Okja Movie Review – Netflix is Becoming Legit

Okja is an environmental science fiction flick from Bong Joon-ho, whose previous work was the much acclaimed Snowpiercer. I too really enjoyed his previous work and was excited to hear that he was working on yet another film that was available for American audiences to see. Okja caught my eye with all of its young-star talent; Steven Yeun, Paul Dano, and Lily Collins, along with established stars in Tilda Swinton and Jake Gyllenhaal. Netflix is trying to push towards becoming a legitimate production studio, with their television shows garnering acclaim left and right, and their previous big hit in Beasts of No Nation, and it seems that they have another solid project to cement their legitimacy in the business.

Overall, the performances were good, with Tilda Swinton being as awesome as she usually is, and the younger cast doing a fine job as well. Steven Yeun, Paul Dano, and Lily Collins all do a good job as the leaders of the ALF (Animal Liberation Front) and elicit some emotional moments here and there to combat the more comedic tone that carries the beginning of the film. Actress Ahn Seo-hyun also shines in the film as the lead, as she really captures the feeling of someone longing to keep their companion safe, and would go to the ends of the earth to accomplish that task. She also exudes a great deal of intelligence, with her finding creative ways to survive in action-heavy moments, and managing to learn quite a bit of English over the span of a 14 hour flight.

I think the one performance that everybody is talking about right now though, is Jake Gyllenhaal’s. This had to be one of the most over-the-top performances I have ever seen; this guy was gorging the scenery every second he had the chance, the design of the character was beyond ridiculous, and there were moments in the film where I asked myself why he was even there. I’m guessing the director and writers were trying to say that he represented American reality-TV stars’ materialistic and self-centered personalities that always hungered for attention, but I thought that it came off as hyperbolic and it made Gyllenhaal’s character out to be a cartoonish fool. I really admire Gyllenhaal as an actor, but I have to say that this was probably the worst thing I’ve seen from him, but I can see that this is probably at the fault of the director rather than the actor.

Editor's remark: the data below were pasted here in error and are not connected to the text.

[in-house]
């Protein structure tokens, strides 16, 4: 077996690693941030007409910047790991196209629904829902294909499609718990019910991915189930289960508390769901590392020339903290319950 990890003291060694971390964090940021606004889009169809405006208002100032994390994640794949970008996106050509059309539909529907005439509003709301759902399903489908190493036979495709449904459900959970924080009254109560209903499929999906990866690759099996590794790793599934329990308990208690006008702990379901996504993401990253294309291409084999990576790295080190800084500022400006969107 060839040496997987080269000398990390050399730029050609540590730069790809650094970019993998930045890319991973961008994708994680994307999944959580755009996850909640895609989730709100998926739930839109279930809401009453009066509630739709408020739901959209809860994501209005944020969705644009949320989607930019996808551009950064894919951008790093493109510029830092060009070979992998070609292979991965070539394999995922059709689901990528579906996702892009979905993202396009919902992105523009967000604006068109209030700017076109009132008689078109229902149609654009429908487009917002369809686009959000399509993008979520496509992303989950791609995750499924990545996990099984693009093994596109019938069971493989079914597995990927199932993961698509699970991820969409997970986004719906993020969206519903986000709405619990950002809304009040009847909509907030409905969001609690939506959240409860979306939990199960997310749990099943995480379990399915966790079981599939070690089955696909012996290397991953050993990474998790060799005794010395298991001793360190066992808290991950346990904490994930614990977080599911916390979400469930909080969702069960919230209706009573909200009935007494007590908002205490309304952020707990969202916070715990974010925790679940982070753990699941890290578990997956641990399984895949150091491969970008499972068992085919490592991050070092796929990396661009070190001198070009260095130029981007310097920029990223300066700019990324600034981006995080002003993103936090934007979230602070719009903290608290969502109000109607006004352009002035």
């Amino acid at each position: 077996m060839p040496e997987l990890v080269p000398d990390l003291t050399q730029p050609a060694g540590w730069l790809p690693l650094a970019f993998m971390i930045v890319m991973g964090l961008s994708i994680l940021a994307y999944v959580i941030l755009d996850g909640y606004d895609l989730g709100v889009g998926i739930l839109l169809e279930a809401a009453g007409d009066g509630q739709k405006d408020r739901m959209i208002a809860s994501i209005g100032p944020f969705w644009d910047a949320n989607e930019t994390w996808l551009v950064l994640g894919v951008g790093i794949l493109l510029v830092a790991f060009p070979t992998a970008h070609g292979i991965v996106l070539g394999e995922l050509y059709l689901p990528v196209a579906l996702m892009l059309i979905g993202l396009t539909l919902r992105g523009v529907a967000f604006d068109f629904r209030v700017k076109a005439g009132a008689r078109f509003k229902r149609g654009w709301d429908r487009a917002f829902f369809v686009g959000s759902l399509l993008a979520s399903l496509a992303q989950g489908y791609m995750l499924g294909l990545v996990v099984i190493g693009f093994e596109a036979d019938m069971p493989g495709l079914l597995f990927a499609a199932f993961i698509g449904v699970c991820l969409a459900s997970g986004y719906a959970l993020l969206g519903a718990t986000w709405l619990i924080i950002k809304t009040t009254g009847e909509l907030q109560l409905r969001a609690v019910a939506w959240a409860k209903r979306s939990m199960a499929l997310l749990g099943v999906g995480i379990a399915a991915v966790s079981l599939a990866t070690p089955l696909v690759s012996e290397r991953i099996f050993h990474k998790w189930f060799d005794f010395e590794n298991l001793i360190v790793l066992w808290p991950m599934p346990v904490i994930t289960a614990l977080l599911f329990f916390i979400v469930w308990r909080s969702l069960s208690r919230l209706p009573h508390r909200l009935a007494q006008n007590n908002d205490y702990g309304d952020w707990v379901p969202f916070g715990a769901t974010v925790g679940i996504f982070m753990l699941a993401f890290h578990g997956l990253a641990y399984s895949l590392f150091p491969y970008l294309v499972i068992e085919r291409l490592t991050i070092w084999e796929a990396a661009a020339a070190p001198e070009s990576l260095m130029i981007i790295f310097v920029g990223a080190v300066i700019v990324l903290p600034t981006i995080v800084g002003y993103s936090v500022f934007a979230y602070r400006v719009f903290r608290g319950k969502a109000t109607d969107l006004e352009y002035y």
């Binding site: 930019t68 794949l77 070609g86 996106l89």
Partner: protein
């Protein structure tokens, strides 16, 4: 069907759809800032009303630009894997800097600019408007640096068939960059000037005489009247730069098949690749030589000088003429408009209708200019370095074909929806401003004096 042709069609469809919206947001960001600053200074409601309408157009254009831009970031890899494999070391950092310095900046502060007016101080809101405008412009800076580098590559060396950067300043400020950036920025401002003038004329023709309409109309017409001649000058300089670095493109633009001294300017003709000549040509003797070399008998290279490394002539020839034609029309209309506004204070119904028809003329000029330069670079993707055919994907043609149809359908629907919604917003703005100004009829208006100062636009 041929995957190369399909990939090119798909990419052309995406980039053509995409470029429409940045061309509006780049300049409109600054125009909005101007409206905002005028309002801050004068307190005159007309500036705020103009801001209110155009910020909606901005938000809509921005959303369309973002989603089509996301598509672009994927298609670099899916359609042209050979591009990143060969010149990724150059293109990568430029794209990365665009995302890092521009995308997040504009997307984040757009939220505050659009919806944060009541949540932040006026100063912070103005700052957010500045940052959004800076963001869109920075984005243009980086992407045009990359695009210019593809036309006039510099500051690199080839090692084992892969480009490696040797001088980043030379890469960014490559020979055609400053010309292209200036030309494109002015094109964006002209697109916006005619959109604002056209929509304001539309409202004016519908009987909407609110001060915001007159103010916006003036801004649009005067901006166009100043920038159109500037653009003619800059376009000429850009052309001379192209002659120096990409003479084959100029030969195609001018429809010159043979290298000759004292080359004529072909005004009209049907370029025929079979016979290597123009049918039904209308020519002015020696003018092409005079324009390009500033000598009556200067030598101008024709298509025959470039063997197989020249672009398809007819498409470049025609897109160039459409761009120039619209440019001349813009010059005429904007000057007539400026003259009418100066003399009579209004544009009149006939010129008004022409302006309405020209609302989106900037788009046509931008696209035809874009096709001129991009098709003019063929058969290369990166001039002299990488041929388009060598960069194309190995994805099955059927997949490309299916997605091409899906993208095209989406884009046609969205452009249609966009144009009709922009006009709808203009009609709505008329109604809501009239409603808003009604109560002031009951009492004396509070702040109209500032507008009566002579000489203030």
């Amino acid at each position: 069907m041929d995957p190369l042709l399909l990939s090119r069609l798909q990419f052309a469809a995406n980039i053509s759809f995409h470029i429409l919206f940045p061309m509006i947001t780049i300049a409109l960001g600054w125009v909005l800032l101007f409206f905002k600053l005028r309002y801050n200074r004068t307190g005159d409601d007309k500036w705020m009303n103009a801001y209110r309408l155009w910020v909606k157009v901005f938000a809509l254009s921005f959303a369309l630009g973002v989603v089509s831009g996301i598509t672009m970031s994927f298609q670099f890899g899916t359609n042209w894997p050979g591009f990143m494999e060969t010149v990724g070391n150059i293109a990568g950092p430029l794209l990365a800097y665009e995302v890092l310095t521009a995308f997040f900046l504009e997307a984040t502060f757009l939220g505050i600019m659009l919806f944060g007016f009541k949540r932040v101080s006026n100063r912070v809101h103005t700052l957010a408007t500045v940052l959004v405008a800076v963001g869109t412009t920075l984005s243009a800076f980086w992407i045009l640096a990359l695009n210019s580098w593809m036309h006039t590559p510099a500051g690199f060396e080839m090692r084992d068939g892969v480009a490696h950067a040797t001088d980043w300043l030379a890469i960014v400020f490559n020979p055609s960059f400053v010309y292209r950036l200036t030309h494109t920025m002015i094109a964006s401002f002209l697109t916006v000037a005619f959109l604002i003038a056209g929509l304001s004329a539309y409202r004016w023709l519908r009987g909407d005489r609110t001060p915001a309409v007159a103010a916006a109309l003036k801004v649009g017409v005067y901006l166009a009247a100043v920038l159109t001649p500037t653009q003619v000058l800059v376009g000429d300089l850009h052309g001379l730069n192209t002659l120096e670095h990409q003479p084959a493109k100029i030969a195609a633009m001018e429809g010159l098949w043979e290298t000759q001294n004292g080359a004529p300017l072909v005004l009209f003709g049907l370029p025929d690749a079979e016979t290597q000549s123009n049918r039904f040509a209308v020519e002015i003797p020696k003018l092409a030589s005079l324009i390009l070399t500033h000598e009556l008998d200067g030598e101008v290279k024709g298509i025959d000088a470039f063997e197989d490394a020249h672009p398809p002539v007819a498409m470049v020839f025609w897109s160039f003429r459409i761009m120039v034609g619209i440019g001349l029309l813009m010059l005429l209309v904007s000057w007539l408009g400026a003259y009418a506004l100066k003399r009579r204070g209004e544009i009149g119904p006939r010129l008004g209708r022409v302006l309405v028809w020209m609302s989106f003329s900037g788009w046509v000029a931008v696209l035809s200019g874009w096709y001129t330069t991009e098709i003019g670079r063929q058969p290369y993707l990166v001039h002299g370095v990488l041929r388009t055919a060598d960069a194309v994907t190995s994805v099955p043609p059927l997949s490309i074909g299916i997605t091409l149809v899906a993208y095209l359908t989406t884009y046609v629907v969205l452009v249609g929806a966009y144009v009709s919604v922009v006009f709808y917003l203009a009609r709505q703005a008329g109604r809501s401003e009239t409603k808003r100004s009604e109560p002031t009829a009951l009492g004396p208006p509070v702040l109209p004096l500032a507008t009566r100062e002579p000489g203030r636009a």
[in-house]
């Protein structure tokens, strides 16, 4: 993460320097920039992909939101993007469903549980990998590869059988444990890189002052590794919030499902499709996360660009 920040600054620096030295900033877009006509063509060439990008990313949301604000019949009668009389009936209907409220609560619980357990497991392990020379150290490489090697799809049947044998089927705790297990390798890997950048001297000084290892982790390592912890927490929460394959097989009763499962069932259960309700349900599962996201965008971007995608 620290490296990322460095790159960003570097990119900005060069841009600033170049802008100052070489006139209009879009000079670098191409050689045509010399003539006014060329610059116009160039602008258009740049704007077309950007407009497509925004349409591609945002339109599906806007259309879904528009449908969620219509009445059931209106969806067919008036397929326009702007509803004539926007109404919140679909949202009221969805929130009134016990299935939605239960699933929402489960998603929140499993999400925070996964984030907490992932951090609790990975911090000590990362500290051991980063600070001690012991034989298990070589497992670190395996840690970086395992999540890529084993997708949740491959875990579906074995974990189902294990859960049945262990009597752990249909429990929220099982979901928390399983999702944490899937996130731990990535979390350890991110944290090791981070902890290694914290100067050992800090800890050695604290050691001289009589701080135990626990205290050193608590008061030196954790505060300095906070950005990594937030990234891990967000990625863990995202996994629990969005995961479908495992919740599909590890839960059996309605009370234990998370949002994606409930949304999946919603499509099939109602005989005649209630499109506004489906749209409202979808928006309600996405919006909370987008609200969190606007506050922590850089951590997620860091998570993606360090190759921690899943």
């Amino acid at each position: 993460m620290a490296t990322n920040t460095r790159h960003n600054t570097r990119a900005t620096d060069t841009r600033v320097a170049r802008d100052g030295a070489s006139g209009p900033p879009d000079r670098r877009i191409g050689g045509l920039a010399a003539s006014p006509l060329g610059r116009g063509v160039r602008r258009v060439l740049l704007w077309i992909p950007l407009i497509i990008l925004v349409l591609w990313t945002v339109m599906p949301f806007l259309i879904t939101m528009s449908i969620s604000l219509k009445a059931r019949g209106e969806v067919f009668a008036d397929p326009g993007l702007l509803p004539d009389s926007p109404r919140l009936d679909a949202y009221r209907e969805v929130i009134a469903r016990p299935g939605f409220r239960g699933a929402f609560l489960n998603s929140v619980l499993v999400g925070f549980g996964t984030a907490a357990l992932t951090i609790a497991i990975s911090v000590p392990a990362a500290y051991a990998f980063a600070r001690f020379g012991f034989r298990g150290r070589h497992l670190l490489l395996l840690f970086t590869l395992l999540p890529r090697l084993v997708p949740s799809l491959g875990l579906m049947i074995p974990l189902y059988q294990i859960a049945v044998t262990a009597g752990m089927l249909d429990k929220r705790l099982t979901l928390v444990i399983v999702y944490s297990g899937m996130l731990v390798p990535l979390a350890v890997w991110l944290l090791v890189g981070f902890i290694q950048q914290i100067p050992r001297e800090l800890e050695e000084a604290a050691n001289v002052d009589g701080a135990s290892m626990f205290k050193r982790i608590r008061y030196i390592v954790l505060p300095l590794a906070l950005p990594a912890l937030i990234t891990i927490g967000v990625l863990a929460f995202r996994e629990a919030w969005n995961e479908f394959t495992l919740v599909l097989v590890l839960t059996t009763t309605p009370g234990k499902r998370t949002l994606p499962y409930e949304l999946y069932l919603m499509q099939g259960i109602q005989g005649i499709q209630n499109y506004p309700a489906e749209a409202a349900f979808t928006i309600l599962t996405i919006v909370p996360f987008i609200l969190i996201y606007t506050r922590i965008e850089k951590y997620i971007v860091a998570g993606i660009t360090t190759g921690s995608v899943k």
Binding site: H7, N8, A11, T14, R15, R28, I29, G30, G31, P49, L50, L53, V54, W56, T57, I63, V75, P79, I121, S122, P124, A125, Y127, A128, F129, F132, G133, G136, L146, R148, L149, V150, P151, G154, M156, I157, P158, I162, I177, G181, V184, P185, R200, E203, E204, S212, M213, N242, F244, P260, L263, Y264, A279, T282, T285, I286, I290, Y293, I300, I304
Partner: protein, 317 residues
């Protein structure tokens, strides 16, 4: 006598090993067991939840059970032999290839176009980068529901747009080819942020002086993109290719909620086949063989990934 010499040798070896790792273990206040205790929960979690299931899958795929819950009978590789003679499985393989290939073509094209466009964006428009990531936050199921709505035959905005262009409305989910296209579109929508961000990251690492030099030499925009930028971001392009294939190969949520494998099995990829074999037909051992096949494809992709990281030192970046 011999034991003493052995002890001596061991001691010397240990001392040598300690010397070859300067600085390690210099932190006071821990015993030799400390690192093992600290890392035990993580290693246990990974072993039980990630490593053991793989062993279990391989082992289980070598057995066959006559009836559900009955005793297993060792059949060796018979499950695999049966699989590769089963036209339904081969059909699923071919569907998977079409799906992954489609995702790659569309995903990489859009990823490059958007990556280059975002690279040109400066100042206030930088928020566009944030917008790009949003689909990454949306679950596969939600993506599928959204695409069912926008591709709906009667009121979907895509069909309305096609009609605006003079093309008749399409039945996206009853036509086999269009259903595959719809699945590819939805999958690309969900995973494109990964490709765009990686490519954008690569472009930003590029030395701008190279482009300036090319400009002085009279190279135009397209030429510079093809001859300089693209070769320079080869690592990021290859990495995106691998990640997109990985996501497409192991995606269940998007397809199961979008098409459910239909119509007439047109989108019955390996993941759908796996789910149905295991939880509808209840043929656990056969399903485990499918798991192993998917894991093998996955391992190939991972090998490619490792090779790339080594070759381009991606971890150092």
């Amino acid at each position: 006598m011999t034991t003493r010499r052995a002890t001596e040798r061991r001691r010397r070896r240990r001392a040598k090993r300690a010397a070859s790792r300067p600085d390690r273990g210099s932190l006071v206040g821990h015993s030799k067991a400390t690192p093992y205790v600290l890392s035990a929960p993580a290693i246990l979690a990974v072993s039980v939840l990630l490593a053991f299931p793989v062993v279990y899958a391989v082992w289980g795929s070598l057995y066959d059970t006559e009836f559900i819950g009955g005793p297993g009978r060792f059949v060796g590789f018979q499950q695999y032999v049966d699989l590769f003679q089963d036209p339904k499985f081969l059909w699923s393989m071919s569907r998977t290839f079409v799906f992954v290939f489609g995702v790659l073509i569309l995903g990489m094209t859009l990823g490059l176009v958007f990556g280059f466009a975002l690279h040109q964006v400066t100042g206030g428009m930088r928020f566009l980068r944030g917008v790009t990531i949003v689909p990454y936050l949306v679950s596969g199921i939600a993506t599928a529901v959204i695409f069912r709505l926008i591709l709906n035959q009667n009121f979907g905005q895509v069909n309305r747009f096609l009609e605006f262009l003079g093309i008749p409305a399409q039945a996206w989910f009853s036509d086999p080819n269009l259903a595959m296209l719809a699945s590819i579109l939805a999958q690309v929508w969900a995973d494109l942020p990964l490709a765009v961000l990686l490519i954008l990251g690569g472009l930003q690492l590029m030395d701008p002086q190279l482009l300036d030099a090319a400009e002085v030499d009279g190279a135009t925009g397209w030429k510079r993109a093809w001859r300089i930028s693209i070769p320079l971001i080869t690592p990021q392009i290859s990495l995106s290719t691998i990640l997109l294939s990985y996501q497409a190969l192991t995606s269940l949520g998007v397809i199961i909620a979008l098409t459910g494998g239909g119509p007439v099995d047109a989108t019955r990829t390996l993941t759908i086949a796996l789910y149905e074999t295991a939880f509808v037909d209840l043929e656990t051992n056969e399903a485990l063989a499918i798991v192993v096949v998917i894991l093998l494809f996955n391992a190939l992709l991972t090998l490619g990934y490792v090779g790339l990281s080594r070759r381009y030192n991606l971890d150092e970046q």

Another gripe I had with the film overall was the comedy, maybe it’s a cultural thing, but I just wasn’t feeling the jokes they tried to throw out there. I got a chuckle every-now-and-then, but a lot of them fell flat. However, the comedy wasn’t entirely too prevalent throughout the film, instead the second half of the flick focuses more on the tragedy of the food industry and its effects on the animals that supply it. I thought that this was executed particularly well as the deplorable acts taken on the animals produced for human consumption is displayed front-and-center. This is quite the political film as it really is an expression of the growing concern of how corporations are abusing their powers to take advantage of certain situations, all while putting up a false image to please the public.

I believe this to be a step in the right direction for Netflix, as it’s a solid installment to their vast catalog of original content, but I’m not expecting any Oscar talk for it however. It was a pleasant experience, and I’m sure that everyone will be loving that giant pig/hippo/dog thing, Okja after seeing this flick.

Rating: 7/10

Favorite Scene: Leaving the camp

Images courtesy of JoBlo, SlashFilm, and Hollywood.com

 

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